There’s no doubt COVID-19 changed the digital landscape. Overnight businesses turned digital to survive. With many organisations forced into new ways of working in 2020, cybercriminals were able to take advantage of insecure networks much more frequently. In the first lockdown, the UK saw a 31 per cent increase in cyberattacks. A combination of human and bot attacks led to heightened attack rates, significant spikes in fraud attempts and greater volatility.

As the world returns to ‘normal’, what can we expect from the future of cybersecurity?

Cybersecurity culture

Companies need to create a culture of cybersecurity throughout their organisation. As staff continue to work remotely, training needs to be offered to build employee knowledge on how to work securely. Lack of employee understanding of cybersecurity remains a major threat to organisations. Over 3 billion fake emails are sent daily and 47 per cent of workers have fallen for a phishing scam while working remotely. If employees aren’t equipped to recognise potential security risk, then it puts the whole organisation at risk.

Working from home does not guarantee the same level of cybersecurity as an office. The rise in employees using their own personal device increases a company’s exposure to cyberattacks. Over the next year, cybersecurity training and providing personal devices with adequate security protection will become normal.

Businesses need to introduce a cybersecurity focus with sufficient infrastructure, secure tools and software. Organisations should invest in specific cybersecurity staff to maintain security protocols and manage cyber threats.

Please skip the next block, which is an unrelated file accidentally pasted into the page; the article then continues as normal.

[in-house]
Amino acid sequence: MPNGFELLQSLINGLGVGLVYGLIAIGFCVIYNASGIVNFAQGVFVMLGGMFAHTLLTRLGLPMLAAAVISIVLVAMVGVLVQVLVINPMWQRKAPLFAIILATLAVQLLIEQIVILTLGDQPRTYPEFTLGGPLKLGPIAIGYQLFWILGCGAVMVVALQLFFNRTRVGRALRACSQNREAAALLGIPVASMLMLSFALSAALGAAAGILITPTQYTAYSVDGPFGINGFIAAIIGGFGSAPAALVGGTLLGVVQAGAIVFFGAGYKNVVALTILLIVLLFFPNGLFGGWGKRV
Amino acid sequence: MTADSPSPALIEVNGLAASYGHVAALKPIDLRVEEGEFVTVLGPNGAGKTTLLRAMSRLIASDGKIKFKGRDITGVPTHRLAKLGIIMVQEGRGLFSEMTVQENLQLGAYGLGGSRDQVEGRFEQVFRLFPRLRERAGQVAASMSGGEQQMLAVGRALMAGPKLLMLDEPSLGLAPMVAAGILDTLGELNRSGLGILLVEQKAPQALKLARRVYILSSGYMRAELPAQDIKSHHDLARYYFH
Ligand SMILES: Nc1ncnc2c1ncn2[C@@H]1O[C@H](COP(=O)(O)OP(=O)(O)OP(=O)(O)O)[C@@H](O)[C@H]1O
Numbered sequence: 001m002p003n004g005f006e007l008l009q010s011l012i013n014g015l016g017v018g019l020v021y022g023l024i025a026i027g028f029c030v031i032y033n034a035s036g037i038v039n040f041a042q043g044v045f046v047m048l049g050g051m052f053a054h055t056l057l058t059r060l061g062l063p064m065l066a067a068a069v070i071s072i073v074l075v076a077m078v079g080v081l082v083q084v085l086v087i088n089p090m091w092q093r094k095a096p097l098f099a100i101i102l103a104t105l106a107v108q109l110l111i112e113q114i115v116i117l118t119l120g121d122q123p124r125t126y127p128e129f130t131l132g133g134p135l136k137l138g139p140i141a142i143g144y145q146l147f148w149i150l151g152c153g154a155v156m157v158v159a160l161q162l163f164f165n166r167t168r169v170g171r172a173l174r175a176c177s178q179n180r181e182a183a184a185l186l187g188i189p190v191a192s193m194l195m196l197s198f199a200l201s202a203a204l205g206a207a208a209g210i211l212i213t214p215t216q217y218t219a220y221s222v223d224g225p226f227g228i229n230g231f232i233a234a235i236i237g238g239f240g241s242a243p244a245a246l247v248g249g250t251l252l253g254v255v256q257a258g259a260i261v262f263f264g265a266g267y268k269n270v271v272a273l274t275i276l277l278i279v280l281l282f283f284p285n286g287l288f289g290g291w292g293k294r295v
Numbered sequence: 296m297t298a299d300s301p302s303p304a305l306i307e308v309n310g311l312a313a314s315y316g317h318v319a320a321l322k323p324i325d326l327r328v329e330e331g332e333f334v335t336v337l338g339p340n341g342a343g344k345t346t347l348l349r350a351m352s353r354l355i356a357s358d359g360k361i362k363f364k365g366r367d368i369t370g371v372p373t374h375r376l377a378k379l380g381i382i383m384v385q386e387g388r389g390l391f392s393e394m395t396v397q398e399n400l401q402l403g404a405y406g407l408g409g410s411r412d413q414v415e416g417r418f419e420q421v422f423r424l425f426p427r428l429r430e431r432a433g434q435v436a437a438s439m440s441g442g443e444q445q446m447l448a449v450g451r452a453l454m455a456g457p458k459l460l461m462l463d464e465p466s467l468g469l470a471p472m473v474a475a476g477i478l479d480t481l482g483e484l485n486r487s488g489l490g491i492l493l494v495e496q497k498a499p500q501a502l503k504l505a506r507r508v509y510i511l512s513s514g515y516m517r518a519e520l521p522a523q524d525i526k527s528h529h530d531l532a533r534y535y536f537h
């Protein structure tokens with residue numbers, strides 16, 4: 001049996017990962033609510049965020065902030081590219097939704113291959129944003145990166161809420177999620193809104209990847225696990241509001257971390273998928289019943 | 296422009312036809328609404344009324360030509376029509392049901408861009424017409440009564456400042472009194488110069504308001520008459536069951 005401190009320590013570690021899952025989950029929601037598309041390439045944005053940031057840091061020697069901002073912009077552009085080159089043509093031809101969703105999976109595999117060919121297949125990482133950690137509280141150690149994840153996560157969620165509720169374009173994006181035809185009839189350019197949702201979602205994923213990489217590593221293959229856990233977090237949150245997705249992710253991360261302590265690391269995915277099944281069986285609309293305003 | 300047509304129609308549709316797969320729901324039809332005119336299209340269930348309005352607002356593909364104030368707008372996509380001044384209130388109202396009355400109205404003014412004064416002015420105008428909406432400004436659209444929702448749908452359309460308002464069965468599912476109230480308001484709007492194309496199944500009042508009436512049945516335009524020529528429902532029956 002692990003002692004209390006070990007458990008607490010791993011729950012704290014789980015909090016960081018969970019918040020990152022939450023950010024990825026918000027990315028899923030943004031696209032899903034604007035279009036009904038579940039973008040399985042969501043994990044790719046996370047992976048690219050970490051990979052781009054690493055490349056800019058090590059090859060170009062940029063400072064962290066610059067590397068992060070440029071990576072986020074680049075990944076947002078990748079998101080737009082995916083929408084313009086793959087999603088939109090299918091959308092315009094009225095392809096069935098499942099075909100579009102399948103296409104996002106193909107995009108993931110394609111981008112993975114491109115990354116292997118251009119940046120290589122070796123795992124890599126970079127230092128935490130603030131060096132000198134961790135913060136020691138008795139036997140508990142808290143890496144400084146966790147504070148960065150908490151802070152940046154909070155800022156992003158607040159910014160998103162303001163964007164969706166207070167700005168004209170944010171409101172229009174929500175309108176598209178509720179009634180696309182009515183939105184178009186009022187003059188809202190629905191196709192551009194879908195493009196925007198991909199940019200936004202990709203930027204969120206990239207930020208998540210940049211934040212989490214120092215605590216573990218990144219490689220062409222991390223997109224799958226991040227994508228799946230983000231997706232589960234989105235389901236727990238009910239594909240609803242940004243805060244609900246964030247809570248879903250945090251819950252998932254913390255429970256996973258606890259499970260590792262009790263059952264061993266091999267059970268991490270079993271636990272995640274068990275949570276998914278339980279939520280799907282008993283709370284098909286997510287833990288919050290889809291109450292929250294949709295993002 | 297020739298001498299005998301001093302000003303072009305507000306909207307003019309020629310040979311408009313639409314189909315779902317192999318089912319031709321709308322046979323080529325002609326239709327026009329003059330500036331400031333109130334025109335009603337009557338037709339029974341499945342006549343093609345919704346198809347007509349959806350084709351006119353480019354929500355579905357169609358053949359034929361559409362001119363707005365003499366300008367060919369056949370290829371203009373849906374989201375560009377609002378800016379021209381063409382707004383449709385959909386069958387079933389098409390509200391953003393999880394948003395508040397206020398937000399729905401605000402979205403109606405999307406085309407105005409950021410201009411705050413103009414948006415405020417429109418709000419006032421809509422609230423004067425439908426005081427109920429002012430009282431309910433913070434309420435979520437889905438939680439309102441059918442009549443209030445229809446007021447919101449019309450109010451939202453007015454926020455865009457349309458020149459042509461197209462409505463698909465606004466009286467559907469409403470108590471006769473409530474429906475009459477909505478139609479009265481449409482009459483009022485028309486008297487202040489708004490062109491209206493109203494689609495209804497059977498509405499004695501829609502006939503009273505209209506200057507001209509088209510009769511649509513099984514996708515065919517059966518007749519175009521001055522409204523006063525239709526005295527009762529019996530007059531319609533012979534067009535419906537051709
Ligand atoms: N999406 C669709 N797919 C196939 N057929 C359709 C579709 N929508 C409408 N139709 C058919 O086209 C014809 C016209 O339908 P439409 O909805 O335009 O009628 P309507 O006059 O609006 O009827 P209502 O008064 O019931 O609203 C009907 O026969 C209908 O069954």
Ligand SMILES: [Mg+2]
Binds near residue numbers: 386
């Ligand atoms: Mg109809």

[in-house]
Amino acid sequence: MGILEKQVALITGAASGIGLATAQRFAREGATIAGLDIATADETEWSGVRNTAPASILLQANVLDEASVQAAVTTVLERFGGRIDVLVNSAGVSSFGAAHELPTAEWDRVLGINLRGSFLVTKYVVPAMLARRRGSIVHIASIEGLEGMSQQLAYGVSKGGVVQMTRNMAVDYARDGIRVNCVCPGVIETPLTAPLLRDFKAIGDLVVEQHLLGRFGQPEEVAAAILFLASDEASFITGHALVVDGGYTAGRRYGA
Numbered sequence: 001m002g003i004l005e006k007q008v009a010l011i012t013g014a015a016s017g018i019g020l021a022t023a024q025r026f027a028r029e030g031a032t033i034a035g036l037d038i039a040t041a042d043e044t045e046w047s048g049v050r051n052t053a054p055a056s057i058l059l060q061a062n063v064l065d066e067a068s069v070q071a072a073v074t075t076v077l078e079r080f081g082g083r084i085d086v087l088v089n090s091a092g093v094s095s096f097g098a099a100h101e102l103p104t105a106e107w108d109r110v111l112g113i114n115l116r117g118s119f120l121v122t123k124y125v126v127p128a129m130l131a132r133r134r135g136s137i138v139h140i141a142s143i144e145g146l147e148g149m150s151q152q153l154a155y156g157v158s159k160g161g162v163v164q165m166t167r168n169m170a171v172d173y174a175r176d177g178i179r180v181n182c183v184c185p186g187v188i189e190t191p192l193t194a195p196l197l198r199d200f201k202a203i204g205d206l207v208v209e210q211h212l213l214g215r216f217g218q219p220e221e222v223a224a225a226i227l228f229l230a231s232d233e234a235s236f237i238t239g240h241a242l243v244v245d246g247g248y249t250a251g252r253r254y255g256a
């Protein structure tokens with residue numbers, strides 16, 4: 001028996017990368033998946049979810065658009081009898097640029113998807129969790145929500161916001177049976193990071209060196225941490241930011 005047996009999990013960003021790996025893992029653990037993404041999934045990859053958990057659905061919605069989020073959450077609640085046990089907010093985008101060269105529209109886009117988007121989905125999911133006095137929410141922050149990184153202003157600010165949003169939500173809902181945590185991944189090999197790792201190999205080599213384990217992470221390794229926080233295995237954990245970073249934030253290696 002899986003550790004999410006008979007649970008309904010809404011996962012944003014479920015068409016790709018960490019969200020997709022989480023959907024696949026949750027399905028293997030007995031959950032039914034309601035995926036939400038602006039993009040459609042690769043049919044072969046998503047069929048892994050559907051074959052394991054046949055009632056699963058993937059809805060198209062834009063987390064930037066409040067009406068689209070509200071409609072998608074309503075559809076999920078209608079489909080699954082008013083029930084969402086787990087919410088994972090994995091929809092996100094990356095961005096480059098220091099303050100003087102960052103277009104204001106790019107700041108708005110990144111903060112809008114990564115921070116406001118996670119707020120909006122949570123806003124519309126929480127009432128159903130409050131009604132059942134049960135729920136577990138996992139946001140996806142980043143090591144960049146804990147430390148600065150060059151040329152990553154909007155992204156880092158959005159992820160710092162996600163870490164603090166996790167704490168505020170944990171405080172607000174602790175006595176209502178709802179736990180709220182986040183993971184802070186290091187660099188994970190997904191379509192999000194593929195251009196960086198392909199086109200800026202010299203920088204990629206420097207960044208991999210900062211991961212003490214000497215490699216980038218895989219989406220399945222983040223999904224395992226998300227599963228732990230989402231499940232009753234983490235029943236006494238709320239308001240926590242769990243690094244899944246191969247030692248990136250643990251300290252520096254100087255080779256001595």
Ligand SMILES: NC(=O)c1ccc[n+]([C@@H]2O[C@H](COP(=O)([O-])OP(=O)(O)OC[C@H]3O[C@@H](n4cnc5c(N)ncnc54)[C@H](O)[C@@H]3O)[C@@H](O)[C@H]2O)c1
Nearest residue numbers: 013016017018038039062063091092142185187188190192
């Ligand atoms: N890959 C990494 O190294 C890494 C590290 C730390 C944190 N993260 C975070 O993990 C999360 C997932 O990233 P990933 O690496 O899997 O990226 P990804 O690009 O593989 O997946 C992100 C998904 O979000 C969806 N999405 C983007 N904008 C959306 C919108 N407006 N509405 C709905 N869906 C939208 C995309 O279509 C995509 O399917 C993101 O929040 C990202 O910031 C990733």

Cloud computing

The pandemic accelerated the use of cloud computing. Almost every business now relies on the cloud to support their IT infrastructure. Cloud computing is creating new challenges for cybersecurity and is a growing concern for organisations. Between January and April 2020, there was a there was a 600 per cent increase in attacks on cloud servers. 2021 will see a greater focus on cloud security with organisations implementing stringent new cloud security policies to safeguard data.

Zero trust

As much work continues to be done remotely, employees must have access to secure apps and devices. A zero trust architecture provides secure access, which is essential when staff are working from home. The access system authenticates and authorises by not only interrogating the user but also the network signal, device, location and data. It assumes that users both inside and outside the network are untrustworthy, therefore minimises any security risks. To stay secure in the future, organisations must adopt a zero trust mindset and increase verification both inside and outside the company perimeters.

Biometrics boom

Identity protection needs to become a top priority. Advanced biometric solutions provide higher security than two-factor authentication, creating secure user experiences. Biometric data is also stored as encrypted data, which is difficult for hackers to decipher and use for fraud.

2020 changed everything, and that means your cybersecurity approach needs to change too. For help finding the right experts for your business, get in touch.